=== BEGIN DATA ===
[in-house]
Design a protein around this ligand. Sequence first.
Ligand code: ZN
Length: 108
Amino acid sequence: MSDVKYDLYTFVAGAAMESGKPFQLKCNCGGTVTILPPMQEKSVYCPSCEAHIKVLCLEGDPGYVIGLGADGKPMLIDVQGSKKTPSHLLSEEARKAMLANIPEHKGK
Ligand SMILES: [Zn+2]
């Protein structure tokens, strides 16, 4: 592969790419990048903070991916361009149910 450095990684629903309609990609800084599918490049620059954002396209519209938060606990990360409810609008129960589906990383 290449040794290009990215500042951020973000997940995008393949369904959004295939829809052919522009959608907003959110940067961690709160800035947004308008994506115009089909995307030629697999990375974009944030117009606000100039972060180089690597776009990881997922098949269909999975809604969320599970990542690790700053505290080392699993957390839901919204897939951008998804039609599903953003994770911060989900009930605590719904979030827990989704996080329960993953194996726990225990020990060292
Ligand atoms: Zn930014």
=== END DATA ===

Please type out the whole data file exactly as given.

[in-house]
Design a protein around this ligand. Sequence first.
Ligand code: ZN
Length: 108
Amino acid sequence: MSDVKYDLYTFVAGAAMESGKPFQLKCNCGGTVTILPPMQEKSVYCPSCEAHIKVLCLEGDPGYVIGLGADGKPMLIDVQGSKKTPSHLLSEEARKAMLANIPEHKGK
Ligand SMILES: [Zn+2]
């Protein structure tokens, strides 16, 4: 592969790419990048903070991916361009149910 450095990684629903309609990609800084599918490049620059954002396209519209938060606990990360409810609008129960589906990383 290449040794290009990215500042951020973000997940995008393949369904959004295939829809052919522009959608907003959110940067961690709160800035947004308008994506115009089909995307030629697999990375974009944030117009606000100039972060180089690597776009990881997922098949269909999975809604969320599970990542690790700053505290080392699993957390839901919204897939951008998804039609599903953003994770911060989900009930605590719904979030827990989704996080329960993953194996726990225990020990060292
Ligand atoms: Zn930014």